Inspired by Hyundai’s Pony of that decade, with clear echoes of the Plymouth Horizon and Dodge Omni, the Ioniq 5 has the exaggerated style of a cartoon car—in the best way possible. The bitmap-inspired details in front and back play across a body that looks compact and squat in photos, disguising its clear mid-size shape. The smooth arc of the roofline, the diagonal slashes across the body, and the big wheels mask its proportions while faithfully rekindling the past.
2023 Hyundai Ioniq 5 Review

The interior pays homage to the past, too, with a simplicity that’s both charming and utterly effective, save for a function buried in the displays here and there. The cabin’s dominated by two 12.3-inch screens, one that displays gauges and the other a touchscreen for inputs to the infotainment and navigation systems. It plays well against the expansive interior, bridging it with a low-slung look that leaves ample room for an available tall center console and a sliding armrest. Hyundai smartly leaves many hard-button controls in place, with just enough functions demoted to touchscreen access to keep the interior design clean and the interfaces clear.


The Ioniq 5 is quick off the line, and has an absorbent ride.

Smooth by nature, the Ioniq 5 has docile manners until it’s spun into its Sport drive mode, where it’s responsive and sharp. With points for its excellent EV drivetrain and for its comforting ride quality, it earns a performance score of 7 before it even adds a true performance edition.

Is the Ioniq 5 4WD?
Single-motor cars have rear-wheel drive; dual-motor models are all-wheel drive. 
2023 Hyundai Ioniq 5 Review

How fast is the Hyundai Ioniq 5?
All are quick, but the quickest versions are of course the most costly and complex. The rear-drive version with the smaller 58-kwh battery pack can accelerate to a claimed 60 mph in about seven seconds, in near-silence, with the still-novel feeling of instant torque from a stop. It’s rated at 225 hp and 258 lb-ft of torque. It’s EPA-rated at 220 miles of range.

We’ve spent our time in the AWD versions with the 77.4-kwh battery pack, and an output of 320 hp and 446 lb-ft of torque. It can deliver up to 266 miles of driving range; the same pack in the rear-drive Long Range model gets up to 303 miles. With AWD, the Ioniq 5 feels very quick—it’s able to reach 60 mph in 5.0 seconds. That’s Mustang territory, Mach-E included.

The Ioniq 5 excels in blending its driver inputs with that new-age propulsion. Its accelerator has progressive feel, and its regenerative braking blends smoothly with its conventional stoppers. A default Normal drive mode clicks to Eco and cuts back on response, while Sport wires it with driving caffeine; four levels of regenerative braking let the Ioniq 5 slow to a halt with a tap on steering-wheel paddles.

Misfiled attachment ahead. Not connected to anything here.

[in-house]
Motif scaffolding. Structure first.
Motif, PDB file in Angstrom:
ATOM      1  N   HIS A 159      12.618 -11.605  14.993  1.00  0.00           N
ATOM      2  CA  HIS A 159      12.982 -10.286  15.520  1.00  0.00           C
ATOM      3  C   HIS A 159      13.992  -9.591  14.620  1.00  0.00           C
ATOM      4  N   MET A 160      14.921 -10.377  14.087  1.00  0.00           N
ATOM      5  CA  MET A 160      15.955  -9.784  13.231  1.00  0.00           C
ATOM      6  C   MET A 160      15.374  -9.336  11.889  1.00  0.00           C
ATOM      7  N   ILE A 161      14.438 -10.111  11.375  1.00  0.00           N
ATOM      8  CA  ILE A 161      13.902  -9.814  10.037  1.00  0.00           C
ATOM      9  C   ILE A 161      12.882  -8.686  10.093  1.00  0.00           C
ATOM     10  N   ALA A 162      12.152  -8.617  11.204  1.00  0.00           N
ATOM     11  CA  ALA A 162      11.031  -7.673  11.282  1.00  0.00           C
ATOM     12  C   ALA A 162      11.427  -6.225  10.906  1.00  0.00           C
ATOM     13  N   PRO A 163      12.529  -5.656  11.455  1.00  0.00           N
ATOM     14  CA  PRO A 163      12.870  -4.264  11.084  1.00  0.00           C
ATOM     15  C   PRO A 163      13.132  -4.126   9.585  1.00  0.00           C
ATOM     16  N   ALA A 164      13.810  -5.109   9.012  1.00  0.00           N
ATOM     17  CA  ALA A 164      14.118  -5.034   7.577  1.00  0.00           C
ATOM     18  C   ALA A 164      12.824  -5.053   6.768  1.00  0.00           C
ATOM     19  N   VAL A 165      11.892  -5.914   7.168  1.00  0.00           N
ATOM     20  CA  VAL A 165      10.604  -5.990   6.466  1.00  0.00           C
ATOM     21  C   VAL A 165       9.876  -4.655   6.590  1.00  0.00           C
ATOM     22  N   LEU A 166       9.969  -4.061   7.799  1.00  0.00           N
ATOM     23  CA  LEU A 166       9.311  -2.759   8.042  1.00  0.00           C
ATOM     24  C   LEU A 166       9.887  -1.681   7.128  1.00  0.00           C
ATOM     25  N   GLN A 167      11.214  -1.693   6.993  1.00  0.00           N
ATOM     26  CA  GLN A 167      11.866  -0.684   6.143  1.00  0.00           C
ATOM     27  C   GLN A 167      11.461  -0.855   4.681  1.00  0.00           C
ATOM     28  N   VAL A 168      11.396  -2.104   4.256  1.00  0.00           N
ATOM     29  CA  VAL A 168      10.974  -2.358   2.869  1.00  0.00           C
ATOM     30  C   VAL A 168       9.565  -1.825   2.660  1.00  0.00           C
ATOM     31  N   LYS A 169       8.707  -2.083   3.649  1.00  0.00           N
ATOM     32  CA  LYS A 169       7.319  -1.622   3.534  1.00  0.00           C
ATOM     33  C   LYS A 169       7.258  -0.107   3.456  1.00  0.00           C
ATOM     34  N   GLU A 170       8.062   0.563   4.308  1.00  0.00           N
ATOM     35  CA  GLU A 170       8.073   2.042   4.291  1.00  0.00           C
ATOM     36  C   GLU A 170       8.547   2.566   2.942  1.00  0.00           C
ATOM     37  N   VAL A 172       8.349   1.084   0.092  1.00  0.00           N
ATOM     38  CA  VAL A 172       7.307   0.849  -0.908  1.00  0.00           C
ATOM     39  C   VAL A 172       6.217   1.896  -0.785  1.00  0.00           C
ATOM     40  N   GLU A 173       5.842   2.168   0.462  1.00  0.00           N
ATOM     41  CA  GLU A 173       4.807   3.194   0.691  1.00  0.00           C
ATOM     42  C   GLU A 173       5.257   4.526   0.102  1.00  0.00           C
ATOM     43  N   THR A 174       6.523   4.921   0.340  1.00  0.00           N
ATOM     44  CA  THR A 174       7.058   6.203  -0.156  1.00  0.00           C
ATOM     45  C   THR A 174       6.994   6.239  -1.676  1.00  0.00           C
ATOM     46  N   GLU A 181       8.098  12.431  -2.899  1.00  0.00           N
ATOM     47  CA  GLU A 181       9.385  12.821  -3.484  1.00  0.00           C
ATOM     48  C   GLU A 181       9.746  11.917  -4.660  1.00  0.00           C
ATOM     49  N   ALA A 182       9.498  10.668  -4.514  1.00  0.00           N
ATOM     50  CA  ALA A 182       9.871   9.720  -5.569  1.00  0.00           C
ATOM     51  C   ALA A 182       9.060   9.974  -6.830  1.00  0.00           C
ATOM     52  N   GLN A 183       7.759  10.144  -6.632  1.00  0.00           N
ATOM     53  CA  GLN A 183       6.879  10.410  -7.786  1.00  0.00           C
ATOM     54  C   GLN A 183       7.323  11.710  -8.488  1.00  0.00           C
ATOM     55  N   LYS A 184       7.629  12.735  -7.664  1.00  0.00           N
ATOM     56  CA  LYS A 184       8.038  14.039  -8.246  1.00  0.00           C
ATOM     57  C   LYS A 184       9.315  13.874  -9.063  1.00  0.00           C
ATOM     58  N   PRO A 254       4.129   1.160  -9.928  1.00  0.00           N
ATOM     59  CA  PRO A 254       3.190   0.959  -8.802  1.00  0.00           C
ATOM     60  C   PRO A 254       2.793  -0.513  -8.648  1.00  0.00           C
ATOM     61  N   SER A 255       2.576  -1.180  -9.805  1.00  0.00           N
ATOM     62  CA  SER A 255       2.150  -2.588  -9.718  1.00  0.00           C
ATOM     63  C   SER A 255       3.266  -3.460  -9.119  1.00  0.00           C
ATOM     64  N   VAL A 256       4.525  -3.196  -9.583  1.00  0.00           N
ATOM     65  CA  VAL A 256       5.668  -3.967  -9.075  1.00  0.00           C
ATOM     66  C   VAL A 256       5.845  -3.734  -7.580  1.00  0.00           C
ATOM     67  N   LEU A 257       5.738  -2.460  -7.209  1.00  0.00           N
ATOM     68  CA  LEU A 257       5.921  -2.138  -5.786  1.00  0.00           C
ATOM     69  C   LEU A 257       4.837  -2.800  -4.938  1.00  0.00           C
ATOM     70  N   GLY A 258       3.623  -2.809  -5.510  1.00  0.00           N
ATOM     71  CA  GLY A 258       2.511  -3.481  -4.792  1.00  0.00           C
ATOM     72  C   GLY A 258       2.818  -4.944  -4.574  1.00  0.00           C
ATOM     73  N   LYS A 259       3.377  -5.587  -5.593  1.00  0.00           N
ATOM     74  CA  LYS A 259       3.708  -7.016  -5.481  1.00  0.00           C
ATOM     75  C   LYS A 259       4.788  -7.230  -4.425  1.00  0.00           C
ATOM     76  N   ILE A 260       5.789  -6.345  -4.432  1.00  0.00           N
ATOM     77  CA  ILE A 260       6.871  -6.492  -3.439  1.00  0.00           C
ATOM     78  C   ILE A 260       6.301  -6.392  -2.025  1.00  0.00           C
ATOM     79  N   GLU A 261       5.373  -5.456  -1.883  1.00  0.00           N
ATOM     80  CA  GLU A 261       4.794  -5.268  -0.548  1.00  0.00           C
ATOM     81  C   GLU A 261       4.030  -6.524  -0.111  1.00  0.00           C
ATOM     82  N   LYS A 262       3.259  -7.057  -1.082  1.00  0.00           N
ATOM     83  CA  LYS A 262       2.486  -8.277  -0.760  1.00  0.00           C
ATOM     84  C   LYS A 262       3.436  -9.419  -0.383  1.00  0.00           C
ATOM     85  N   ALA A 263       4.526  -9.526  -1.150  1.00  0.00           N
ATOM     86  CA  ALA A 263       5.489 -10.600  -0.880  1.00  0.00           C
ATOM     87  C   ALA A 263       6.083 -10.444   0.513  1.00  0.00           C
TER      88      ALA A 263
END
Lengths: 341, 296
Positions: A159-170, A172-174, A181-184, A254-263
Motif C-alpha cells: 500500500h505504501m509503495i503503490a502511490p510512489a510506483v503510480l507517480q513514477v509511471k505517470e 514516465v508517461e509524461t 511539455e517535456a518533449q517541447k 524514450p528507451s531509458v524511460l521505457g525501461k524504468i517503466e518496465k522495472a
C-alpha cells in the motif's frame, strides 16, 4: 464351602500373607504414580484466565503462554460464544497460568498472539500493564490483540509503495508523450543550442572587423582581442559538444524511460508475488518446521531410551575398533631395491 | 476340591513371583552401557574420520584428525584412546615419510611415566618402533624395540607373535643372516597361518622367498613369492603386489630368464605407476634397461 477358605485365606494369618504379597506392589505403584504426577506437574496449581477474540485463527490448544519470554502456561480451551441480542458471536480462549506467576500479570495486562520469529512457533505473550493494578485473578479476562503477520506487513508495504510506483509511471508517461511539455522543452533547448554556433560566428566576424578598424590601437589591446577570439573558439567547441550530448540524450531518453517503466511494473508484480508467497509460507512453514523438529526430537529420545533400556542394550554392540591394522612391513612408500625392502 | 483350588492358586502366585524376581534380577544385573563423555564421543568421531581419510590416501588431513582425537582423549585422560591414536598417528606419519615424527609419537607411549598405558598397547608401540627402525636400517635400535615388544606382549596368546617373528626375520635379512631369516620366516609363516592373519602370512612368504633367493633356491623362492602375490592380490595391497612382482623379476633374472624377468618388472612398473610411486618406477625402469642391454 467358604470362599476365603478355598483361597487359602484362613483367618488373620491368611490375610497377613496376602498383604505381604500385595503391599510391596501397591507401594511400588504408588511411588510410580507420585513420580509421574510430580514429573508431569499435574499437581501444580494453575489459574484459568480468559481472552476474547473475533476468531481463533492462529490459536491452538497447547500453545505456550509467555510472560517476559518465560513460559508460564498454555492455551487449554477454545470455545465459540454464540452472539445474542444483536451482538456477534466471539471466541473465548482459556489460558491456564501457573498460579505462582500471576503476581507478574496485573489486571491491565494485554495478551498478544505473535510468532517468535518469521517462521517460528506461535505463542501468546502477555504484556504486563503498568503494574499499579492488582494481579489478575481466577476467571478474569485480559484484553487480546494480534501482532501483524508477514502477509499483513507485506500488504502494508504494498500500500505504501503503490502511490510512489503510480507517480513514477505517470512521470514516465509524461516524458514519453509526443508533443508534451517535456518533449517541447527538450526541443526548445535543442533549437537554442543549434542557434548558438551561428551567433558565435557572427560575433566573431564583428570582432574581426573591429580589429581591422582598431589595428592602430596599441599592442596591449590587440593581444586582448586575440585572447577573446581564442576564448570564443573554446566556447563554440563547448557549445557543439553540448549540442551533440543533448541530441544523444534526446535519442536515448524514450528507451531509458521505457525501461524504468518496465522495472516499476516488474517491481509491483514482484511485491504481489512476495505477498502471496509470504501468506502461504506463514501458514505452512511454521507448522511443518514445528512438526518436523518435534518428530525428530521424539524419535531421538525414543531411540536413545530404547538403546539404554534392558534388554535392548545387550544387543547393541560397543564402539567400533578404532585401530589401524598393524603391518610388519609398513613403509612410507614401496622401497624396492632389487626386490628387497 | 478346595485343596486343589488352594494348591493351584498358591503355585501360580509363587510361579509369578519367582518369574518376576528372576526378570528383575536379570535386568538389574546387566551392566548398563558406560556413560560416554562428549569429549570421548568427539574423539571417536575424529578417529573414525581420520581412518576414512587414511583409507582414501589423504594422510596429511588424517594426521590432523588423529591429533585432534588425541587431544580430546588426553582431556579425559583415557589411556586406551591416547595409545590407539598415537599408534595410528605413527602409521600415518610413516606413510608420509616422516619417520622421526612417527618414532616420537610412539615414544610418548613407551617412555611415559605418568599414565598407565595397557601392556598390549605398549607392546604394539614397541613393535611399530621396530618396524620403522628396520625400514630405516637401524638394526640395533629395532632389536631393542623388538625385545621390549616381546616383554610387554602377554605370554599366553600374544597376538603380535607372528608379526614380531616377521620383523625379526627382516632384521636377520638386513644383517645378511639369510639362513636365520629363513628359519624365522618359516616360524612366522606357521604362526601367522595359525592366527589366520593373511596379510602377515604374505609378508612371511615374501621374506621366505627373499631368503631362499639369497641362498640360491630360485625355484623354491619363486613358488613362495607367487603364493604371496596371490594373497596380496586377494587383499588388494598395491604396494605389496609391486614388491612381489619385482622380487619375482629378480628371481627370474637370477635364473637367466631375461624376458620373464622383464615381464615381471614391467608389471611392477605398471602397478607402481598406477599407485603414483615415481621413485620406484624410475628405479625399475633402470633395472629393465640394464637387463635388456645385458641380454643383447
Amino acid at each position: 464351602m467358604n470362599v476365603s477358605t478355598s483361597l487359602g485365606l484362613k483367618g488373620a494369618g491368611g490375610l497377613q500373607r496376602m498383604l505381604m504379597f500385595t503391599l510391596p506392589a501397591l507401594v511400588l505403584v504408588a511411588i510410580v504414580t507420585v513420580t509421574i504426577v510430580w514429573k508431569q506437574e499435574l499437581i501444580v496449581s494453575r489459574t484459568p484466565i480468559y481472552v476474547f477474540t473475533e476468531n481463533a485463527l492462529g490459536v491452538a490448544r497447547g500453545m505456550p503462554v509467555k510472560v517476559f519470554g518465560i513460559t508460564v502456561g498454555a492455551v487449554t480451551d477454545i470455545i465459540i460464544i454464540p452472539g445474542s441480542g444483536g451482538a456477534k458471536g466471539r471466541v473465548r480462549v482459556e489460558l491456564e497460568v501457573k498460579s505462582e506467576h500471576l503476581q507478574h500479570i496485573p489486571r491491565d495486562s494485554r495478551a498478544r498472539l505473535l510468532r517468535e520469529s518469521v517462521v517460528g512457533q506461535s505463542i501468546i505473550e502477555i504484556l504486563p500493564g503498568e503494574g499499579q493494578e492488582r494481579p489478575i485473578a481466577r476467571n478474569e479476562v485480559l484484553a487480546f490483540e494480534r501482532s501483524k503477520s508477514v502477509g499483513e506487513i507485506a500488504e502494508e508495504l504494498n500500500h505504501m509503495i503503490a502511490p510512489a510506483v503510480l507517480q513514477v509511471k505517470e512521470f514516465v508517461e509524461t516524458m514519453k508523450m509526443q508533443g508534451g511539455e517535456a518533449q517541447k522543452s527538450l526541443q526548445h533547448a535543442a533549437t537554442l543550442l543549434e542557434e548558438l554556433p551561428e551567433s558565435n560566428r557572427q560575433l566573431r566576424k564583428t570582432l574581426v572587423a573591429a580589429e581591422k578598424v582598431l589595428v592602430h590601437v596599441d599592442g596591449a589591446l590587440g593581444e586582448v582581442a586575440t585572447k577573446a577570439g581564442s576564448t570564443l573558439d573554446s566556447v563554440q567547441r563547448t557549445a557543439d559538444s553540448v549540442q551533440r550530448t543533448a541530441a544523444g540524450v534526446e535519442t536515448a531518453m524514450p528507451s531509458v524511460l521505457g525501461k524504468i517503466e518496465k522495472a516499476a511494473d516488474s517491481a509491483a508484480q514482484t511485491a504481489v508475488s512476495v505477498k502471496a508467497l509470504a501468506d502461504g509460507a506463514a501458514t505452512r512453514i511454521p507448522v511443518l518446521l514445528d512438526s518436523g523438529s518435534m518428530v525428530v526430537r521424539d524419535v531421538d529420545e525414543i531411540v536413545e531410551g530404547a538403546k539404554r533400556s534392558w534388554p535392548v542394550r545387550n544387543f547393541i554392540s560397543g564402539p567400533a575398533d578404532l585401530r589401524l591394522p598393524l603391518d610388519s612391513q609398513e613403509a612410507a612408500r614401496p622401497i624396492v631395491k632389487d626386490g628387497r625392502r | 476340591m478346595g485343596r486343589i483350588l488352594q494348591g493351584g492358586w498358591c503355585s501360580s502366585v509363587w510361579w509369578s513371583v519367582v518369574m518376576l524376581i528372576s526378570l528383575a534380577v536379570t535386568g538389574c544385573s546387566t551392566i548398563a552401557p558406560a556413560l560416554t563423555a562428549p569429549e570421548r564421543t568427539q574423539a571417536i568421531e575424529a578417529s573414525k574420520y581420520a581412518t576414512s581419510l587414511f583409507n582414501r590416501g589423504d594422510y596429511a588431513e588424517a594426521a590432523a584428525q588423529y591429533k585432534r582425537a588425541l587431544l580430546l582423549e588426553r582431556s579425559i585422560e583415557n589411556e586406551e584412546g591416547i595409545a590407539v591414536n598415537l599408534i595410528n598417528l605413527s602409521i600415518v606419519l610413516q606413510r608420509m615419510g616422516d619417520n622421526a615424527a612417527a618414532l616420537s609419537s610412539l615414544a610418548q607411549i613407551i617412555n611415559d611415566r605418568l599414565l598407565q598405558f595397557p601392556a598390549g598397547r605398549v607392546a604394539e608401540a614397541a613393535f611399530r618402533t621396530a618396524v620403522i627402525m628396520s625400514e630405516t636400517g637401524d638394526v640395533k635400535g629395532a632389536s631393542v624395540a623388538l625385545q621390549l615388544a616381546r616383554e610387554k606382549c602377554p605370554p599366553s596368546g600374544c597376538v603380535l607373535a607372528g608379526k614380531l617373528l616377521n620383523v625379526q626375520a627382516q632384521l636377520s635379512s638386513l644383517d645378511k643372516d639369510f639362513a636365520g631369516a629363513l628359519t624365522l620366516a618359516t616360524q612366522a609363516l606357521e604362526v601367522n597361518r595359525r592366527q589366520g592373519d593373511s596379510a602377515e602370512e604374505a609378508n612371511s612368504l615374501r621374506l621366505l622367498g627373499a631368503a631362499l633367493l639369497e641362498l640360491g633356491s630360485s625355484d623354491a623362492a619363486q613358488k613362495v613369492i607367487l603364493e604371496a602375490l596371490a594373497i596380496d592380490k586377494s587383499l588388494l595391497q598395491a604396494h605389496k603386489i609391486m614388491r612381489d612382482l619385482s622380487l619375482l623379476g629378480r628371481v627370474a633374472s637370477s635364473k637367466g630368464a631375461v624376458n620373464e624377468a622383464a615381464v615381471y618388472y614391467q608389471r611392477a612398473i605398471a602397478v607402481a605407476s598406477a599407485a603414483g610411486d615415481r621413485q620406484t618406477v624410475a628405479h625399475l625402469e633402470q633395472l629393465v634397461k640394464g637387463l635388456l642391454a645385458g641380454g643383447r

2023 Hyundai Ioniq 5 Review

With that verve, the Ioniq 5’s softly tuned suspension is no letdown. The front-strut, rear five-link design doesn’t heave while it soaks up minor bumps: among its peers it rides the best, with a settled and refined feel more akin to a bigger, plusher car. The softly calibrated ride does allow fair amounts of body lean, and that contributes to some vagueness in its steering feel, but that resolves on curvy roads, where the Ioniq 5 can feel lively. 

The electric Hyundai can tow up to 2,300 lb.

Comfort & Quality

The Ioniq 5 has a richly detailed cockpit that’s both comfortable and quiet.

Designed as an electric car, with no going back to gas, the Ioniq 5 combines remarkable interior space with remarkable refinement and very good rear seats to score an 8 here.

The Ioniq 5 checks in at 182.5 inches long—a compact-car length—but has a full-size 118.1-inch wheelbase. That opens up vast interior space, which we wished were occupied by better front seats. High-mounted buckets in front have good shapes but they push tall drivers close to the headliner. They could use more firm back and thigh supports, while they’re at it, like the seats in the VW ID.4. 

The rear seats score the point missed by those up front. They move on a sliding track to make better use of all that space in back, and the cushions have swell shapes for two passengers. Three will fit for cross-town trips.
2023 Hyundai Ioniq 5 Review